Many, perhaps far too many, of Michigan’s racial preference defense eggs were placed in a basket of survey data woven by Univ. of Michigan psychologist Patricia Gurin purporting to show the benefits of diversity. The large holes in that basket have been pointed out before, most notably in a report by the National Association of Scholars, but now Chetly Zarko, an independent researcher in Ann Arbor, has charged in a new article that Michigan suppressed two previous analyses of Gurin’s data that reached opposite conclusions and in effect lied to the Supreme Court. Since one of the co-authors was Gurin’s husband, it is unlikely that she was unaware of these reports that she did not cite. (Link thanks to Joanne Jacobs)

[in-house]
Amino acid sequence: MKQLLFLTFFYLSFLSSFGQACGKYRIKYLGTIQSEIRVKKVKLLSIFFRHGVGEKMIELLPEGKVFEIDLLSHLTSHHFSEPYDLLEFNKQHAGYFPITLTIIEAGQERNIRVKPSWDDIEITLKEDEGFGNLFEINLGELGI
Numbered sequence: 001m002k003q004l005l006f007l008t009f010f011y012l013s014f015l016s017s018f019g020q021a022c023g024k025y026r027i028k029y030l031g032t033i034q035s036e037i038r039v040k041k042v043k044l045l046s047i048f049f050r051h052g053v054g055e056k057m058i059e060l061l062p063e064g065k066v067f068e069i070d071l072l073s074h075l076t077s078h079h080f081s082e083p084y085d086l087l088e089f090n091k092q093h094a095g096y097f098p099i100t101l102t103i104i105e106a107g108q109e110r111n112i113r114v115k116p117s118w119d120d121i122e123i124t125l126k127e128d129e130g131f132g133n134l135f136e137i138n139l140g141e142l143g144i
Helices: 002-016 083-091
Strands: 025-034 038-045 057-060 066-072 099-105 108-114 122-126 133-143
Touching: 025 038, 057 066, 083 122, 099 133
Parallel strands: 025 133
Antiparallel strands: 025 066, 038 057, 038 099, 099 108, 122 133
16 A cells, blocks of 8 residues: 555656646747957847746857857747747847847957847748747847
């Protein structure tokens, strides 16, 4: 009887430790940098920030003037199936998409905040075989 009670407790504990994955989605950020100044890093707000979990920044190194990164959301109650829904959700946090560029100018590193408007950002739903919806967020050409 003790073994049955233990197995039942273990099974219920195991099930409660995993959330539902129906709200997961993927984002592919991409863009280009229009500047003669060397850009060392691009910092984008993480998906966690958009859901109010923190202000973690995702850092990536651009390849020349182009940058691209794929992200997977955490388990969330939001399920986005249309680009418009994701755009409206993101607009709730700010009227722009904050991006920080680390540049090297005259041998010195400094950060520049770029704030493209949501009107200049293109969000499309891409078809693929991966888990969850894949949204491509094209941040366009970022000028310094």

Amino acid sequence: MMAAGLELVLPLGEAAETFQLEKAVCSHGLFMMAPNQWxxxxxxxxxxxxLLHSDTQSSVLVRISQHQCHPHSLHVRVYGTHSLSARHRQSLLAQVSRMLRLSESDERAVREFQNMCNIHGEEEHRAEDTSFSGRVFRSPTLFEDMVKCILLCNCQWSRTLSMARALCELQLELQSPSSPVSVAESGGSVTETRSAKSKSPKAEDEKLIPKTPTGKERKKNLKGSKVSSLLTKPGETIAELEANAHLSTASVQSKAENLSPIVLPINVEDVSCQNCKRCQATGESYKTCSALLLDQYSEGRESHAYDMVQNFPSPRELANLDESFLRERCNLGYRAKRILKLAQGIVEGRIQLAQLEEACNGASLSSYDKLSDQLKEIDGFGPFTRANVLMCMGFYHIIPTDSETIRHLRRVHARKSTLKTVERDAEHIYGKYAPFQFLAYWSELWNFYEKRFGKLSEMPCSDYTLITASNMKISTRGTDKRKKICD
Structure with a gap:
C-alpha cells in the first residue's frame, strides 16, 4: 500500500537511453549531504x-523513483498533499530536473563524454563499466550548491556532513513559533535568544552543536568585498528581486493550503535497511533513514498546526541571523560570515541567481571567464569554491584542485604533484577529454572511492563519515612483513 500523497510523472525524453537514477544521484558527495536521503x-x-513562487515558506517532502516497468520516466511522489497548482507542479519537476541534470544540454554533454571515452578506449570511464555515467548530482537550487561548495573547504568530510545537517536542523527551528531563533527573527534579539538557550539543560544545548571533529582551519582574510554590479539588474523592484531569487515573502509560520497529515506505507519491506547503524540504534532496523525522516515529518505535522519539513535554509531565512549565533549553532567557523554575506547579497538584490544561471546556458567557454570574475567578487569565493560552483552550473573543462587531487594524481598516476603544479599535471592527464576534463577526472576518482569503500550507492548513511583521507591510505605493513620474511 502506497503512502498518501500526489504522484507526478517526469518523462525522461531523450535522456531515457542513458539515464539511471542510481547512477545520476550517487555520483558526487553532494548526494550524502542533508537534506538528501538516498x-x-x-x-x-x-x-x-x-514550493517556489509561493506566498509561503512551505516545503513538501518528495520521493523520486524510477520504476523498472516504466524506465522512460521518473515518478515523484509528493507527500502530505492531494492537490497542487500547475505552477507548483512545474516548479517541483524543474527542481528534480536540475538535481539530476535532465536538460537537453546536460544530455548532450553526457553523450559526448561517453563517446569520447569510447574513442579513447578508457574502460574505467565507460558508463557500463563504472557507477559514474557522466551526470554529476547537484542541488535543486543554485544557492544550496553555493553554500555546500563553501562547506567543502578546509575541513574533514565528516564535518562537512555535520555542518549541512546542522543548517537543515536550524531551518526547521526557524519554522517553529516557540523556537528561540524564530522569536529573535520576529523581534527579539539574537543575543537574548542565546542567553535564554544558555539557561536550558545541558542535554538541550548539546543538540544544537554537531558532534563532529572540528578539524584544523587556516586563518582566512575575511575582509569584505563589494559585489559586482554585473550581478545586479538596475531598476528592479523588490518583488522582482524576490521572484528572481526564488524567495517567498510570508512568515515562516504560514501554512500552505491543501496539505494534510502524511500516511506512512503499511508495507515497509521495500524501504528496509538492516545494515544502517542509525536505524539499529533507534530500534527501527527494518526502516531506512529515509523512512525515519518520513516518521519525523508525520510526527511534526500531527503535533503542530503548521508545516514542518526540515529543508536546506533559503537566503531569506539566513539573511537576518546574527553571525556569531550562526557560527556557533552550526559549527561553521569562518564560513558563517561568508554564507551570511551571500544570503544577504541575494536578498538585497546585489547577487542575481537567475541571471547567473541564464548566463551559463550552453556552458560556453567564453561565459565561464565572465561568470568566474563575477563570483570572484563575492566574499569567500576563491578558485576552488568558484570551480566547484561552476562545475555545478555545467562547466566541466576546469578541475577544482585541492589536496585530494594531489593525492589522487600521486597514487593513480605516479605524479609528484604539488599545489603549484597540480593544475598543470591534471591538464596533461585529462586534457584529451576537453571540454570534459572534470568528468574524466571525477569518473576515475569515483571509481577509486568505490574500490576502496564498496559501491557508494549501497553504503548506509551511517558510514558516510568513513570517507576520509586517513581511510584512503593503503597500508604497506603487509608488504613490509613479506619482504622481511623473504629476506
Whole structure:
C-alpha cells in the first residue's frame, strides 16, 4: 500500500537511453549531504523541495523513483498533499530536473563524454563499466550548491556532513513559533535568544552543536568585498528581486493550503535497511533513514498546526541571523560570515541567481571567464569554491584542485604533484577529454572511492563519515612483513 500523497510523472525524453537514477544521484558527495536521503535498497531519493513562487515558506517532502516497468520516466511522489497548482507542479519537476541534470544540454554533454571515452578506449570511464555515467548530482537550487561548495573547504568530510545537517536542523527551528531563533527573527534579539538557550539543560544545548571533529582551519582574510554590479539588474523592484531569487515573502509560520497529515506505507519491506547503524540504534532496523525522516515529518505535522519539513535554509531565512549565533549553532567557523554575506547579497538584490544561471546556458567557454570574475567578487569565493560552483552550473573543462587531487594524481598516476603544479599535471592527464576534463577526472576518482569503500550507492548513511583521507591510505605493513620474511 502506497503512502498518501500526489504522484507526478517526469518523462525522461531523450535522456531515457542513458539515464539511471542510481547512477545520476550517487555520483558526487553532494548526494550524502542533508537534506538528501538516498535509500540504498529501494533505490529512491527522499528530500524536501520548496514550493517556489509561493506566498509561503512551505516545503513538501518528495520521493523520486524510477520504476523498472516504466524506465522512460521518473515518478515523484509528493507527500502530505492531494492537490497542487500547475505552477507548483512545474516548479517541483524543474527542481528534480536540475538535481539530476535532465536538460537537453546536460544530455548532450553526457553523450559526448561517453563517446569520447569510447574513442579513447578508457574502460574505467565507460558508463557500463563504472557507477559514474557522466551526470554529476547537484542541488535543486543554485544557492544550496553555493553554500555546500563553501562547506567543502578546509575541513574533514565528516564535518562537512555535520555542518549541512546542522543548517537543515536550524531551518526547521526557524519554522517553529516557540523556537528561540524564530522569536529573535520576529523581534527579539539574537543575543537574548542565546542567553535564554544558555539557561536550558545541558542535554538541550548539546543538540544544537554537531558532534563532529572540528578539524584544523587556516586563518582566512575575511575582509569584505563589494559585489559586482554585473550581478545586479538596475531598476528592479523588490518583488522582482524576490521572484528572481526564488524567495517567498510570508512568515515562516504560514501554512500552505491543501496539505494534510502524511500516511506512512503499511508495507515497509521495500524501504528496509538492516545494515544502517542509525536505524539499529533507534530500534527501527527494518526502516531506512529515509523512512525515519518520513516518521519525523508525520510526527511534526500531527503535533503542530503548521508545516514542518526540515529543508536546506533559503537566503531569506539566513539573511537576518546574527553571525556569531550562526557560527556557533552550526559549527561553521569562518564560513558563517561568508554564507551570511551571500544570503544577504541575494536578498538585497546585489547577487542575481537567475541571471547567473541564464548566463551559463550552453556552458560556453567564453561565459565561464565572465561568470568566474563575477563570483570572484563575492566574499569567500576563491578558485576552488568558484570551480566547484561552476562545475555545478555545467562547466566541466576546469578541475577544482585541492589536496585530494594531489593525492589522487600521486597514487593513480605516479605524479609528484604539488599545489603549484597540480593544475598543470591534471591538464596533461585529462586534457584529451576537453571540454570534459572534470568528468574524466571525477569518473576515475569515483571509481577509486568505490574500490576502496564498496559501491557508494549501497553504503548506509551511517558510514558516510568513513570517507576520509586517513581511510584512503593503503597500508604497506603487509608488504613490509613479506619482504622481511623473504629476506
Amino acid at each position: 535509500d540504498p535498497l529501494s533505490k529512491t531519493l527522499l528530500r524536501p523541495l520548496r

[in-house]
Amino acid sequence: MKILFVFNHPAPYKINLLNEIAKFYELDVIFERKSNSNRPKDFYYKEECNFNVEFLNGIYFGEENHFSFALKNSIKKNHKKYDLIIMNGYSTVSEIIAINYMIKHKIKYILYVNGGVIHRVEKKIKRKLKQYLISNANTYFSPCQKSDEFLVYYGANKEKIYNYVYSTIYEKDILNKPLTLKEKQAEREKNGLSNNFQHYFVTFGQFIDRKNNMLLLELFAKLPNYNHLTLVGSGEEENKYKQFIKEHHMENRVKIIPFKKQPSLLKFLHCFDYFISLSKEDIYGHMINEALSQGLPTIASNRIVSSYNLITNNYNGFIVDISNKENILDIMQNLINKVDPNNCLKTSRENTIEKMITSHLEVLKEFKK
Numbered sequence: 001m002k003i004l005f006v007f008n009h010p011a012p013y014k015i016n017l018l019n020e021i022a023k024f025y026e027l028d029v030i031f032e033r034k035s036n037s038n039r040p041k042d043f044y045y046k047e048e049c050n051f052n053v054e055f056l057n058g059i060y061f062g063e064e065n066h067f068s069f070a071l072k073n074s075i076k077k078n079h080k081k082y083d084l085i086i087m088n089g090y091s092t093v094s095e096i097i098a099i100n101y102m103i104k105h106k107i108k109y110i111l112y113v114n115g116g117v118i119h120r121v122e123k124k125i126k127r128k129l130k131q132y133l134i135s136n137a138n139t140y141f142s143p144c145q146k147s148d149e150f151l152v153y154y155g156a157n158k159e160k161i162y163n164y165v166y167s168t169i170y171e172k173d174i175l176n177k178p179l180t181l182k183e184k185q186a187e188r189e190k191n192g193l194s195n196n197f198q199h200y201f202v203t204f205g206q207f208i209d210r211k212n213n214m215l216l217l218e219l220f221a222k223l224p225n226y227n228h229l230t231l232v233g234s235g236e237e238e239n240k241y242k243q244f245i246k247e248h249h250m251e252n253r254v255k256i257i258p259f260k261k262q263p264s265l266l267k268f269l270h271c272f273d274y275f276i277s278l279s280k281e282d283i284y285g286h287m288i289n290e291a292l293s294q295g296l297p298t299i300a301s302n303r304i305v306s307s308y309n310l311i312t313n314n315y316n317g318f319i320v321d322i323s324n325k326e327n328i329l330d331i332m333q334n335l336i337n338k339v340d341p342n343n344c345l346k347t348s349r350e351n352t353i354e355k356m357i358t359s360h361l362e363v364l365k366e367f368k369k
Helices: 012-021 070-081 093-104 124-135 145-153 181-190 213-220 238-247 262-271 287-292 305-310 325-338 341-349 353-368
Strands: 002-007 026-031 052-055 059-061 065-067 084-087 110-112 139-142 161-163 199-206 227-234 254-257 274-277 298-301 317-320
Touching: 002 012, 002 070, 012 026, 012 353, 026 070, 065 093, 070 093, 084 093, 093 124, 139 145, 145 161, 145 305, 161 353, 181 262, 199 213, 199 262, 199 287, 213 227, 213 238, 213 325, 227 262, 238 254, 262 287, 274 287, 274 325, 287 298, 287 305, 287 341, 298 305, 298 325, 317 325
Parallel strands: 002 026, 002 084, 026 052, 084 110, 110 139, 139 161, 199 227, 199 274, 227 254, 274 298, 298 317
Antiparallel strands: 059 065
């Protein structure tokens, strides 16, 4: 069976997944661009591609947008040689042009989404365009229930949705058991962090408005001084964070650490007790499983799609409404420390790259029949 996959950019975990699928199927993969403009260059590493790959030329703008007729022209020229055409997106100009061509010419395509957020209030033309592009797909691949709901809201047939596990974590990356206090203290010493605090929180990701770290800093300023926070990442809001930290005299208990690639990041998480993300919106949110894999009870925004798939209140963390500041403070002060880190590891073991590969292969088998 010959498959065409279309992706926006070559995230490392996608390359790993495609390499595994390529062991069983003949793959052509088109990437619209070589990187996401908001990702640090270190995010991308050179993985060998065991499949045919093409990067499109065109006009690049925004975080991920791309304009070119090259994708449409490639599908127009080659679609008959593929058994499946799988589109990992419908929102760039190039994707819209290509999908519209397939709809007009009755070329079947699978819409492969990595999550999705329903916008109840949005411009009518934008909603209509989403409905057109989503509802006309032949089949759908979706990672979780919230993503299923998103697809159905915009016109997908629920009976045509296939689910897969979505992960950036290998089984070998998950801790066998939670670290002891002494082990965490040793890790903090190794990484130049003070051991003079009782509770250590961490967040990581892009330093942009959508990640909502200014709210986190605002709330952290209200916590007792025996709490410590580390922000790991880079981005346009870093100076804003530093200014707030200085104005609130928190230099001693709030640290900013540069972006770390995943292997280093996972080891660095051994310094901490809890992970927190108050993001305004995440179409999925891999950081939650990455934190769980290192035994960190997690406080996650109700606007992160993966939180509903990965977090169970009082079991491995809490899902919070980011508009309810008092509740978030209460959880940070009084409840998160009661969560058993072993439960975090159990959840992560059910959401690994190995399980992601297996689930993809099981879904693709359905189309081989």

The earlier, allegedly suppressed reports apparently contained results on quite a few fronts that undermine the arguments for “diversity.” For example, few differences in outlook, perspectives, values, etc., were found between minority students and others, but minority students felt stigmatized by what they took to be a widespread view that they were less qualified.
Query to any legal beagles who stop by here: if the plaintiffs’ lawyers looked into this matter and concluded that there was good evidence of fraud (such as purposefully suppressed contradictory data) surrounding the Gurin Report, is there any mechanism for bringing that issue to the Supremes’ attention now? Given the importance of the Gurin Report to Michigan’s defense, that issue certainly seems relevant and important.
UPDATE – See Kimberly Swygert’s discussion of these findings on her fine blog, Number 2 Pencil.